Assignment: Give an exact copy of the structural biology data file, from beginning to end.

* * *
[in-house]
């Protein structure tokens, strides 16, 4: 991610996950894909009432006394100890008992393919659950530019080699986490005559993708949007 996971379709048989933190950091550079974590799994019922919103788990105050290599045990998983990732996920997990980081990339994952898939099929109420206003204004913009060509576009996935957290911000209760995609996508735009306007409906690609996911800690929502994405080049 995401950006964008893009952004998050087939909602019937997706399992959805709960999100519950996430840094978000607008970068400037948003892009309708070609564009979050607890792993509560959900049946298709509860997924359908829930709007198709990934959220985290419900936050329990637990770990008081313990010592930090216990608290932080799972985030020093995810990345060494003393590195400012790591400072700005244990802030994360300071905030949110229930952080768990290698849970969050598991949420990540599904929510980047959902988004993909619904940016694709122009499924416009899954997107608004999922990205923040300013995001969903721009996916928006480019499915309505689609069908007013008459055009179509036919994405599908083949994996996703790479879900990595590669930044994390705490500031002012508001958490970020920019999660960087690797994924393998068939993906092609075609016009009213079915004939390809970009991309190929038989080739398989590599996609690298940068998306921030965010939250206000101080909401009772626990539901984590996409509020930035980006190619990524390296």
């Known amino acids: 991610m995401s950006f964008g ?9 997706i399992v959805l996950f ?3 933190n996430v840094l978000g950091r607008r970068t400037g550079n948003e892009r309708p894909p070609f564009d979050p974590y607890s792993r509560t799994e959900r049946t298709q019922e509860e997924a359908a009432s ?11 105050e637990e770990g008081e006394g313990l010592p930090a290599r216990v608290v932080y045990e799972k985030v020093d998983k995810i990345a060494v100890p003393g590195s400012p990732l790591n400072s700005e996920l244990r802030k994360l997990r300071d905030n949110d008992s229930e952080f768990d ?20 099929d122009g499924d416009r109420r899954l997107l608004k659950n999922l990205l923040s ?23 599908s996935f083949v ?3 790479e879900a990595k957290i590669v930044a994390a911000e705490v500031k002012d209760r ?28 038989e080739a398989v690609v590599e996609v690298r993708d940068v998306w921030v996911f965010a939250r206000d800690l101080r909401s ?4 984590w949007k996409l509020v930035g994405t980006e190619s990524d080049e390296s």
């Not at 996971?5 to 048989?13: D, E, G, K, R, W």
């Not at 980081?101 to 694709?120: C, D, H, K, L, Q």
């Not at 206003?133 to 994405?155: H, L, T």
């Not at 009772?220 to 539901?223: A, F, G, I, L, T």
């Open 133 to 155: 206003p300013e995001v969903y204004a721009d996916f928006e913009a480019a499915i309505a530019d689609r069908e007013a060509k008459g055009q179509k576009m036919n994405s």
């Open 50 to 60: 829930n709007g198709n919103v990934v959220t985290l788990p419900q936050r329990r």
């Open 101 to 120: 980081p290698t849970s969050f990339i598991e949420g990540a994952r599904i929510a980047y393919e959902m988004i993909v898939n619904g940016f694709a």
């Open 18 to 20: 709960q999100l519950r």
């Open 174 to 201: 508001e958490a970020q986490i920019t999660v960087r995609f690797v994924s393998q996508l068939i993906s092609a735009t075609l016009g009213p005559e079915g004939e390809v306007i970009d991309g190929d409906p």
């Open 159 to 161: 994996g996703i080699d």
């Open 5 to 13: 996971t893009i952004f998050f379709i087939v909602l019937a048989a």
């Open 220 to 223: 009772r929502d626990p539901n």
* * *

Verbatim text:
[in-house]
């Protein structure tokens, strides 16, 4: 991610996950894909009432006394100890008992393919659950530019080699986490005559993708949007 996971379709048989933190950091550079974590799994019922919103788990105050290599045990998983990732996920997990980081990339994952898939099929109420206003204004913009060509576009996935957290911000209760995609996508735009306007409906690609996911800690929502994405080049 995401950006964008893009952004998050087939909602019937997706399992959805709960999100519950996430840094978000607008970068400037948003892009309708070609564009979050607890792993509560959900049946298709509860997924359908829930709007198709990934959220985290419900936050329990637990770990008081313990010592930090216990608290932080799972985030020093995810990345060494003393590195400012790591400072700005244990802030994360300071905030949110229930952080768990290698849970969050598991949420990540599904929510980047959902988004993909619904940016694709122009499924416009899954997107608004999922990205923040300013995001969903721009996916928006480019499915309505689609069908007013008459055009179509036919994405599908083949994996996703790479879900990595590669930044994390705490500031002012508001958490970020920019999660960087690797994924393998068939993906092609075609016009009213079915004939390809970009991309190929038989080739398989590599996609690298940068998306921030965010939250206000101080909401009772626990539901984590996409509020930035980006190619990524390296």
């Known amino acids: 991610m995401s950006f964008g ?9 997706i399992v959805l996950f ?3 933190n996430v840094l978000g950091r607008r970068t400037g550079n948003e892009r309708p894909p070609f564009d979050p974590y607890s792993r509560t799994e959900r049946t298709q019922e509860e997924a359908a009432s ?11 105050e637990e770990g008081e006394g313990l010592p930090a290599r216990v608290v932080y045990e799972k985030v020093d998983k995810i990345a060494v100890p003393g590195s400012p990732l790591n400072s700005e996920l244990r802030k994360l997990r300071d905030n949110d008992s229930e952080f768990d ?20 099929d122009g499924d416009r109420r899954l997107l608004k659950n999922l990205l923040s ?23 599908s996935f083949v ?3 790479e879900a990595k957290i590669v930044a994390a911000e705490v500031k002012d209760r ?28 038989e080739a398989v690609v590599e996609v690298r993708d940068v998306w921030v996911f965010a939250r206000d800690l101080r909401s ?4 984590w949007k996409l509020v930035g994405t980006e190619s990524d080049e390296s």
């Not at 996971?5 to 048989?13: D, E, G, K, R, W």
């Not at 980081?101 to 694709?120: C, D, H, K, L, Q």
């Not at 206003?133 to 994405?155: H, L, T």
């Not at 009772?220 to 539901?223: A, F, G, I, L, T």
């Open 133 to 155: 206003p300013e995001v969903y204004a721009d996916f928006e913009a480019a499915i309505a530019d689609r069908e007013a060509k008459g055009q179509k576009m036919n994405s």
């Open 50 to 60: 829930n709007g198709n919103v990934v959220t985290l788990p419900q936050r329990r």
């Open 101 to 120: 980081p290698t849970s969050f990339i598991e949420g990540a994952r599904i929510a980047y393919e959902m988004i993909v898939n619904g940016f694709a």
């Open 18 to 20: 709960q999100l519950r």
């Open 174 to 201: 508001e958490a970020q986490i920019t999660v960087r995609f690797v994924s393998q996508l068939i993906s092609a735009t075609l016009g009213p005559e079915g004939e390809v306007i970009d991309g190929d409906p």
């Open 159 to 161: 994996g996703i080699d």
């Open 5 to 13: 996971t893009i952004f998050f379709i087939v909602l019937a048989a």
């Open 220 to 223: 009772r929502d626990p539901n």